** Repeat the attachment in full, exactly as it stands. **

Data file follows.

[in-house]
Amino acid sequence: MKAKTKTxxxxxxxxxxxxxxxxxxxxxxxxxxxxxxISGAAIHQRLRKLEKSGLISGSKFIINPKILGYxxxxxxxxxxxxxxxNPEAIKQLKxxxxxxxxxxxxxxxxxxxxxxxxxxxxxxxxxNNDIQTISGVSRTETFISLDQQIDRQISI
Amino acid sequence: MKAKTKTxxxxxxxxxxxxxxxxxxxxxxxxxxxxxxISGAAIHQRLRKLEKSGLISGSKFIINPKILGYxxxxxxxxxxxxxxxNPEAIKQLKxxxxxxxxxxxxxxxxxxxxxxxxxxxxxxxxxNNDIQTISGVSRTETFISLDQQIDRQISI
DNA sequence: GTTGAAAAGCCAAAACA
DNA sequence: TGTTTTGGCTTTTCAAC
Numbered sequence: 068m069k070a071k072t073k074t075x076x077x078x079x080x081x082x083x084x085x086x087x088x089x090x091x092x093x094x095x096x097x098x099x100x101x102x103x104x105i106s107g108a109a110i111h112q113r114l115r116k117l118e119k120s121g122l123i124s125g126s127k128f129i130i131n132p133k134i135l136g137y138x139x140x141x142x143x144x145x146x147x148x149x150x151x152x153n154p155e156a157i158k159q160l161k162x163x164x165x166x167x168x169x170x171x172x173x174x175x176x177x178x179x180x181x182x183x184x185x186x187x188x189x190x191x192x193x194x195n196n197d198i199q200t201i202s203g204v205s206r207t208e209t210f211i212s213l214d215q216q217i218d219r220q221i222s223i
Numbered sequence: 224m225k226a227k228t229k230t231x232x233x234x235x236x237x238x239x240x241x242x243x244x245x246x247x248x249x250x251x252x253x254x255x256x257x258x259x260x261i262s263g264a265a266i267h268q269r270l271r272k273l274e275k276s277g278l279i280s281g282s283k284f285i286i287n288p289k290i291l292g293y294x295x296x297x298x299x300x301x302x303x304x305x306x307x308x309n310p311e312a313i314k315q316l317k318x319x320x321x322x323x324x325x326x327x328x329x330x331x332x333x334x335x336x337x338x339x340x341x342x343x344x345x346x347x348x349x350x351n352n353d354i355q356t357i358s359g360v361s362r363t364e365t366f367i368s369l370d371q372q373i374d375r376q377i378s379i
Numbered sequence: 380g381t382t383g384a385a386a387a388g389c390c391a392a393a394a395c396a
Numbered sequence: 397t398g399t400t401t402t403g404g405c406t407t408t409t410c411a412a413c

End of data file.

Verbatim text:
[in-house]
Amino acid sequence: MKAKTKTxxxxxxxxxxxxxxxxxxxxxxxxxxxxxxISGAAIHQRLRKLEKSGLISGSKFIINPKILGYxxxxxxxxxxxxxxxNPEAIKQLKxxxxxxxxxxxxxxxxxxxxxxxxxxxxxxxxxNNDIQTISGVSRTETFISLDQQIDRQISI
Amino acid sequence: MKAKTKTxxxxxxxxxxxxxxxxxxxxxxxxxxxxxxISGAAIHQRLRKLEKSGLISGSKFIINPKILGYxxxxxxxxxxxxxxxNPEAIKQLKxxxxxxxxxxxxxxxxxxxxxxxxxxxxxxxxxNNDIQTISGVSRTETFISLDQQIDRQISI
DNA sequence: GTTGAAAAGCCAAAACA
DNA sequence: TGTTTTGGCTTTTCAAC
Numbered sequence: 068m069k070a071k072t073k074t075x076x077x078x079x080x081x082x083x084x085x086x087x088x089x090x091x092x093x094x095x096x097x098x099x100x101x102x103x104x105i106s107g108a109a110i111h112q113r114l115r116k117l118e119k120s121g122l123i124s125g126s127k128f129i130i131n132p133k134i135l136g137y138x139x140x141x142x143x144x145x146x147x148x149x150x151x152x153n154p155e156a157i158k159q160l161k162x163x164x165x166x167x168x169x170x171x172x173x174x175x176x177x178x179x180x181x182x183x184x185x186x187x188x189x190x191x192x193x194x195n196n197d198i199q200t201i202s203g204v205s206r207t208e209t210f211i212s213l214d215q216q217i218d219r220q221i222s223i
Numbered sequence: 224m225k226a227k228t229k230t231x232x233x234x235x236x237x238x239x240x241x242x243x244x245x246x247x248x249x250x251x252x253x254x255x256x257x258x259x260x261i262s263g264a265a266i267h268q269r270l271r272k273l274e275k276s277g278l279i280s281g282s283k284f285i286i287n288p289k290i291l292g293y294x295x296x297x298x299x300x301x302x303x304x305x306x307x308x309n310p311e312a313i314k315q316l317k318x319x320x321x322x323x324x325x326x327x328x329x330x331x332x333x334x335x336x337x338x339x340x341x342x343x344x345x346x347x348x349x350x351n352n353d354i355q356t357i358s359g360v361s362r363t364e365t366f367i368s369l370d371q372q373i374d375r376q377i378s379i
Numbered sequence: 380g381t382t383g384a385a386a387a388g389c390c391a392a393a394a395c396a
Numbered sequence: 397t398g399t400t401t402t403g404g405c406t407t408t409t410c411a412a413c